Last week, President Obama's former budget director Peter Orszag offered a quick fix for America's budgetary woes: Let the Bush tax cuts expire for everyone. "If we actually ended the Bush-era tax cuts, that would pretty much [balance the budget]" Orszag said on CNN. And according to The Washington Post, he's right:

Official and independent budget estimates show that letting tax rates spring back to pre-Bush levels for all taxpayers would bring the country within striking distance of meeting President Obama's goal of balancing the budget, excluding interest payments on the debt, by 2015.

Is this a sound policy initiative?
  • Obama Should Consider This, writes Ezra Klein at The Washington Post: "Letting the Bush tax cuts expire would be just about enough to hit Obama's goal of balancing the budget (minus interest payments) by 2015. That's all they'd need: One non-act. Better: There'd be no sixty-vote threshold. You'd just need a veto of any extension bills and 34 votes to protect the veto in the Senate. And it's not as if there are no compromises available here. If Congress doesn't want to do it while the economy is weak, but could commit to doing it in two or three years, that would be almost as good. But nobody thinks it'll happen."
  • Where Are All the Republican Deficit Hawks? asks Bruce Maiman at The Washington Examiner: "Let's hear from those deficit hawks: Let's step back and see those who are really interested in balancing that old budget and the ones who are just posturing. As usual, I'll place my bets on the posers who will be running for cover. As a reader pointed out, Republicans who want to extend the Bush tax cuts would be adding $3.7 trillion to the federal deficit over the next decade. Meanwhile, all Republicans want to repeal the health care reform law, which would add $455 billion to the federal deficit over the next ten years... Yeah, that figures."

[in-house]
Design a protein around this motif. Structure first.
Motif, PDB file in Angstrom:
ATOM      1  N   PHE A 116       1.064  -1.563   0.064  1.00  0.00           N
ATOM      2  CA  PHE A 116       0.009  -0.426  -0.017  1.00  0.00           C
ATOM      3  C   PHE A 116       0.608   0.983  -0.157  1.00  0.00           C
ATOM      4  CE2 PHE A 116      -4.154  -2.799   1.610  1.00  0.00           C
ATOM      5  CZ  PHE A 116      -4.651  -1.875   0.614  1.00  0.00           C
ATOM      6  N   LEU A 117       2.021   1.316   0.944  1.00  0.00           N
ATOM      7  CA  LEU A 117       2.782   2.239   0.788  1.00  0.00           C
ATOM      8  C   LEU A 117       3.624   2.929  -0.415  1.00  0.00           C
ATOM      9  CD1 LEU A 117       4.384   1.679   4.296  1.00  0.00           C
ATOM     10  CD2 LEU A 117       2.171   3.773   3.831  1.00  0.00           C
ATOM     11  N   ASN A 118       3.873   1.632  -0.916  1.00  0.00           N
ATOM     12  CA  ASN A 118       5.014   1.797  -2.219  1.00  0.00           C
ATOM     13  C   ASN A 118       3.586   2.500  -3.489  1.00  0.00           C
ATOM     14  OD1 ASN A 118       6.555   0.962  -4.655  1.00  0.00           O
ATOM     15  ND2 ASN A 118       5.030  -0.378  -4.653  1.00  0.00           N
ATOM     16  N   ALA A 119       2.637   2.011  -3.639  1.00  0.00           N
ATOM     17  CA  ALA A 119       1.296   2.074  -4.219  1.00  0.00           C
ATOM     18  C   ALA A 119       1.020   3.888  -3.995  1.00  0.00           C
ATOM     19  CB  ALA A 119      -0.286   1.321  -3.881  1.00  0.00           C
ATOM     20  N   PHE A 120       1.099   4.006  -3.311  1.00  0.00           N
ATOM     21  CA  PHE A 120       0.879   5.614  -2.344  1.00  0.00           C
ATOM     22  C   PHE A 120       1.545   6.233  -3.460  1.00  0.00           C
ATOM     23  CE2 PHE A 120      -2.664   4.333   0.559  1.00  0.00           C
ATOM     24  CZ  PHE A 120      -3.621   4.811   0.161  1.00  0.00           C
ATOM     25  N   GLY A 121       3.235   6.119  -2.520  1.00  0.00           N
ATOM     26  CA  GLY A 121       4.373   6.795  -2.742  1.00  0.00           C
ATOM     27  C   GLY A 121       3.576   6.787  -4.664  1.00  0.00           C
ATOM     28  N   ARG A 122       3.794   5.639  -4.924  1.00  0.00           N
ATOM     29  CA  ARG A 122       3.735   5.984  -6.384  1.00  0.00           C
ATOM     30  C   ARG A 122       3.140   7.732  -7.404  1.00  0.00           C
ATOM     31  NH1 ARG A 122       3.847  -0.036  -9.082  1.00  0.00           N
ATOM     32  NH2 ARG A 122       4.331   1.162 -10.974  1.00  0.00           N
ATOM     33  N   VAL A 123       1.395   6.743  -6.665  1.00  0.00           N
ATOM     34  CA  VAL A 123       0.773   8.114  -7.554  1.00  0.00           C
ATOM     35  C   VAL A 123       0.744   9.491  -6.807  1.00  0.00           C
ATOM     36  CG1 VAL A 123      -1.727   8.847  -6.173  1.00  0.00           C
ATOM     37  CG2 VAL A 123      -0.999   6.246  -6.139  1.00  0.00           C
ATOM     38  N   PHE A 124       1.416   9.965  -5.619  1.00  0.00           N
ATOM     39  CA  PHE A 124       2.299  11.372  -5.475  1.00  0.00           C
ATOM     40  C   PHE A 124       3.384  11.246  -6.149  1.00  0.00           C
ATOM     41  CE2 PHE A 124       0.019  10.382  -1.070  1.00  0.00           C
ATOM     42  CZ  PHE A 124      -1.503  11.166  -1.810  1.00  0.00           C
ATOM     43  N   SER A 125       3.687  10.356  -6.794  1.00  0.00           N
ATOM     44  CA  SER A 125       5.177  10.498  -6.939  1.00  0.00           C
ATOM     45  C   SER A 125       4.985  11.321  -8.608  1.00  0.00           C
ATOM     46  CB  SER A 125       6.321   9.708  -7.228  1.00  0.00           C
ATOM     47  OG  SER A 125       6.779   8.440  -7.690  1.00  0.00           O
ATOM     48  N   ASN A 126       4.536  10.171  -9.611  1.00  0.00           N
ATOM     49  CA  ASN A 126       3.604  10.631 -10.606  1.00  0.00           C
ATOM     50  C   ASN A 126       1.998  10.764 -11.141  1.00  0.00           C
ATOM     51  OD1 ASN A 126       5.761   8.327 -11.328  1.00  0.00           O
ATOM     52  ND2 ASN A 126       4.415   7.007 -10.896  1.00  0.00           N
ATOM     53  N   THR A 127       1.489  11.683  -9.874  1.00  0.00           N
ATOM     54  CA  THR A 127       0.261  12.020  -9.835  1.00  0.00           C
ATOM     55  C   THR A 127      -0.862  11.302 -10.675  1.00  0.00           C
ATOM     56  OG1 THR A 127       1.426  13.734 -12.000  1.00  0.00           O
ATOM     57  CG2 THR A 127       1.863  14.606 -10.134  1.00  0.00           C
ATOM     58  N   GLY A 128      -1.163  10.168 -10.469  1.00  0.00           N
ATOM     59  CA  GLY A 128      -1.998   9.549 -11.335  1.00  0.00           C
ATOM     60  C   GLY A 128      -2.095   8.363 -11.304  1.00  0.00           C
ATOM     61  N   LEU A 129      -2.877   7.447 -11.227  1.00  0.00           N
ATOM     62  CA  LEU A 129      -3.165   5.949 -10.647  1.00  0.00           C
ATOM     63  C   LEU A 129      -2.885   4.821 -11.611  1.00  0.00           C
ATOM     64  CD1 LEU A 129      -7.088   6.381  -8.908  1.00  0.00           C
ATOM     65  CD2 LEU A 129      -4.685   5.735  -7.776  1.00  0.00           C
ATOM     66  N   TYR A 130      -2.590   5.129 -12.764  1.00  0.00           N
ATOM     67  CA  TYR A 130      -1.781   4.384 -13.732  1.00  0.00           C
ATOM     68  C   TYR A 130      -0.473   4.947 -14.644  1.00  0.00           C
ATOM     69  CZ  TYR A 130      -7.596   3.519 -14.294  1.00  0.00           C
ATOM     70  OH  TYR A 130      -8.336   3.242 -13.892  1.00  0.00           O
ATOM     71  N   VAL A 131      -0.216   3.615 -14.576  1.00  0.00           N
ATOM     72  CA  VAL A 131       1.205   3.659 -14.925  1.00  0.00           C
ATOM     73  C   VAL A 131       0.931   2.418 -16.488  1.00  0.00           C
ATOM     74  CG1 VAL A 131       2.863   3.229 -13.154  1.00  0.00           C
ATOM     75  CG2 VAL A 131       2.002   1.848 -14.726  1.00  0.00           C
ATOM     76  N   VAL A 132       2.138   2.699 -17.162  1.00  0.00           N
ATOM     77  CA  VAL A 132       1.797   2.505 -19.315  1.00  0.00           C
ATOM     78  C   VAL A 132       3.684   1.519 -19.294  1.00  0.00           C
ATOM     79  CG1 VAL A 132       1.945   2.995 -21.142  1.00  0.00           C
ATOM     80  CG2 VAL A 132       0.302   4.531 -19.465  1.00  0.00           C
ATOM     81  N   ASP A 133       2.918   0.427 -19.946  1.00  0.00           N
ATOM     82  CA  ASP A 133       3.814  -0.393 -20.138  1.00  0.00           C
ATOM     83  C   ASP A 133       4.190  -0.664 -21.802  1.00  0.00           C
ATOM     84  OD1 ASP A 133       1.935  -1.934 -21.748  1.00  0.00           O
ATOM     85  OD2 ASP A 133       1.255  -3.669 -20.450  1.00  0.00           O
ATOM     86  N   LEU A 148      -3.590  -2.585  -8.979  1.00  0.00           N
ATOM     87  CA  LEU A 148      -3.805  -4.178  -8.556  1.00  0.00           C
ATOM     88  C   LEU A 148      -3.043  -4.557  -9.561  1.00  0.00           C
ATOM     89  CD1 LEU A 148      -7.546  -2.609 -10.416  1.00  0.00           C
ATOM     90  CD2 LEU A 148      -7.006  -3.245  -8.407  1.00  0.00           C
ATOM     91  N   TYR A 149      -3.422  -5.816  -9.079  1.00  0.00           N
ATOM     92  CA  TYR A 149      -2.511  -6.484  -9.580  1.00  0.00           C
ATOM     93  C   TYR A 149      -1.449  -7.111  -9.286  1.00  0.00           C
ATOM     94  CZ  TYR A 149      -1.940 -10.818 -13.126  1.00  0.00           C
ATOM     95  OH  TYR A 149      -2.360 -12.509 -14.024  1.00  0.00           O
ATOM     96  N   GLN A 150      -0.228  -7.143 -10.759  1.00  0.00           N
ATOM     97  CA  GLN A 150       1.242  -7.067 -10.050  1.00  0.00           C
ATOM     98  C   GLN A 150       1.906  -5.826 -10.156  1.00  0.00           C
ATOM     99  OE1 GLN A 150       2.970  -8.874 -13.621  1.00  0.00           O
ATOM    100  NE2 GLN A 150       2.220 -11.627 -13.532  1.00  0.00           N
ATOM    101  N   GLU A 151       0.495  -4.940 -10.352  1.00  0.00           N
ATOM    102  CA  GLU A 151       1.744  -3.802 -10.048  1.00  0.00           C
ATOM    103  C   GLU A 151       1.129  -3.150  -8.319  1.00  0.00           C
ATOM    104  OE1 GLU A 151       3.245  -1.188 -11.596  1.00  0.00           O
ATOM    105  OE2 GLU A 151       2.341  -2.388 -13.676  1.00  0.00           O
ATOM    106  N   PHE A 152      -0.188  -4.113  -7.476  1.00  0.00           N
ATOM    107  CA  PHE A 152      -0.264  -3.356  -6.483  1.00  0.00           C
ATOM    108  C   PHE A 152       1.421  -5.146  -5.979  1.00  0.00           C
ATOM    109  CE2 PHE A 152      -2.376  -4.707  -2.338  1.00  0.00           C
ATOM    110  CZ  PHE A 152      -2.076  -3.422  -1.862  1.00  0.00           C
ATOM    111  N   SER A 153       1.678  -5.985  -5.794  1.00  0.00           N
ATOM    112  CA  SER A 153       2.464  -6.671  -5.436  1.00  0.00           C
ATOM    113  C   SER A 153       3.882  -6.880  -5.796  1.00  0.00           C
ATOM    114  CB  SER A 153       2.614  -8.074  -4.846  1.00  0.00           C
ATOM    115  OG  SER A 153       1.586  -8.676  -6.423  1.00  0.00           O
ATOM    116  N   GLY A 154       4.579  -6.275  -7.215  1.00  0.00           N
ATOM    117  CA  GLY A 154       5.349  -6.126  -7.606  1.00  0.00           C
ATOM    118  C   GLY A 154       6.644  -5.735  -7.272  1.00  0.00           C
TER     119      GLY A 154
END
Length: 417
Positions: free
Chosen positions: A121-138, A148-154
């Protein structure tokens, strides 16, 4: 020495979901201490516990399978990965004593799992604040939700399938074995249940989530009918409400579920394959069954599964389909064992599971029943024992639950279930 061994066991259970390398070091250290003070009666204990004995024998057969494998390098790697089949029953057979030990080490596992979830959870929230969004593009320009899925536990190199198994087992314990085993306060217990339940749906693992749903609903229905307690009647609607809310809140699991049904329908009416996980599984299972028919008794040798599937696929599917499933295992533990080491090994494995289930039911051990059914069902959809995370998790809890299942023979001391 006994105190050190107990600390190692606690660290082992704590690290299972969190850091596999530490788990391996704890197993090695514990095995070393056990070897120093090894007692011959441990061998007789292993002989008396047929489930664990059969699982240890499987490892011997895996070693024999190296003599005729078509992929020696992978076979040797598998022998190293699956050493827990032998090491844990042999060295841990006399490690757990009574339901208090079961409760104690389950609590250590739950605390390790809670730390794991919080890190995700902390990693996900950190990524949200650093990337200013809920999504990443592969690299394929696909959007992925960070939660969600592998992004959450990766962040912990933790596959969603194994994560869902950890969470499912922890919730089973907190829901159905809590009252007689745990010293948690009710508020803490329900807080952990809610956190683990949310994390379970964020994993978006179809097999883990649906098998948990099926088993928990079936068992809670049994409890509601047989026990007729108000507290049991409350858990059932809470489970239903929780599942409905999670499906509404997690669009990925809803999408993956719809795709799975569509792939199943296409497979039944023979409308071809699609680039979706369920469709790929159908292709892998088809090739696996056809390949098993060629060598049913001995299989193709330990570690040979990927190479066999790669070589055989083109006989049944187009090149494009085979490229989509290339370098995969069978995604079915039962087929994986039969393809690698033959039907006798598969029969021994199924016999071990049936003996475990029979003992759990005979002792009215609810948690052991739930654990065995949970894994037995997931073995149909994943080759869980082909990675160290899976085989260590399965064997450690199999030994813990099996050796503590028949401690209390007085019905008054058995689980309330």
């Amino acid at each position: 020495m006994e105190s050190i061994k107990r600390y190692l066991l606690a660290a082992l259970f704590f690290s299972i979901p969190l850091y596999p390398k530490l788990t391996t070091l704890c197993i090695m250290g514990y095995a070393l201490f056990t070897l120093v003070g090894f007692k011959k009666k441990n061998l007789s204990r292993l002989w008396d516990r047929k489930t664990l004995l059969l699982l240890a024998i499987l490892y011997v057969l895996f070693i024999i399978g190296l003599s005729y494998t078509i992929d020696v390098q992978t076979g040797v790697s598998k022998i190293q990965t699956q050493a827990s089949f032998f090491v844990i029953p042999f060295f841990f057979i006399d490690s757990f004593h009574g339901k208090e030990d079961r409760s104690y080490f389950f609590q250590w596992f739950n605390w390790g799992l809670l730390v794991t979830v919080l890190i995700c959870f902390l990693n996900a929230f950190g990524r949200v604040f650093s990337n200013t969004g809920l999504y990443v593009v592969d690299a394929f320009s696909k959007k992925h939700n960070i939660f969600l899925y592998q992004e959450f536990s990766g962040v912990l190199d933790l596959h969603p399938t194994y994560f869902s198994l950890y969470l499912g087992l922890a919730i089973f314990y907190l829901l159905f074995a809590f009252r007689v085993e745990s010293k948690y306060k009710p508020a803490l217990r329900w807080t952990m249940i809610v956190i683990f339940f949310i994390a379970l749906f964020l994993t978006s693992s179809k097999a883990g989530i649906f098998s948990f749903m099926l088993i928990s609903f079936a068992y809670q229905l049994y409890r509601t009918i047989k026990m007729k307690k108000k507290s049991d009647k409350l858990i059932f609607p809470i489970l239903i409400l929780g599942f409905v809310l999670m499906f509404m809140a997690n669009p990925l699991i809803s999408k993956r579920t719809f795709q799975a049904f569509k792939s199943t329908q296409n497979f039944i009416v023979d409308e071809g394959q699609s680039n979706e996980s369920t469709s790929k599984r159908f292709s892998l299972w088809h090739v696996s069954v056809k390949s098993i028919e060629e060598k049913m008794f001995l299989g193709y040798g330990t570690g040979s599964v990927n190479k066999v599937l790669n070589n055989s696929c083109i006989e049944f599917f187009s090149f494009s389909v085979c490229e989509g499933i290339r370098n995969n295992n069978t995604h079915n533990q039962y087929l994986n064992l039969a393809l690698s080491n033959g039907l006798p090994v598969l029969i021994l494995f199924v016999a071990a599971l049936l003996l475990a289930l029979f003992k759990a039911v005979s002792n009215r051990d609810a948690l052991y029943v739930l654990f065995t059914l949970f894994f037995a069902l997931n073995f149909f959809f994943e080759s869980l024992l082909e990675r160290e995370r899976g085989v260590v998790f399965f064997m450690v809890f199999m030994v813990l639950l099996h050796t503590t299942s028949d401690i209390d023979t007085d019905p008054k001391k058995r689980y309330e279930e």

• Economists Say It's a Bad Idea: We Should Extend Bush Cuts to Everyone, reports Chris Isidore at CNN: "A majority of a panel of leading economists surveyed by CNNMoney.com said that the tax cuts should be renewed for everyone. The first in a series of economic surveys revealed that extending the tax cuts for all taxpayers is the most important thing Congress can do to help the economy. Of the 31 economists surveyed, 18 chose that from a list of options now being debated on Capitol Hill." He also interviews Moody's chief economist Mark Zandi who says "If those tax cuts expire for everybody, we go into a double-dip recession."
  • Just Tax the Uber Rich, writes Paul Waldman at The American Prospect: "We have this idea that if you can call yourself a 'small business' then not only are you bathed in virtue but the choices we make about how to tax you should somehow be different than they are for other people at the same level of income. But if you're a 'small business' and you take home half a million bucks a year, then guess what: you're rich! And you ought to be taxed just like other rich people."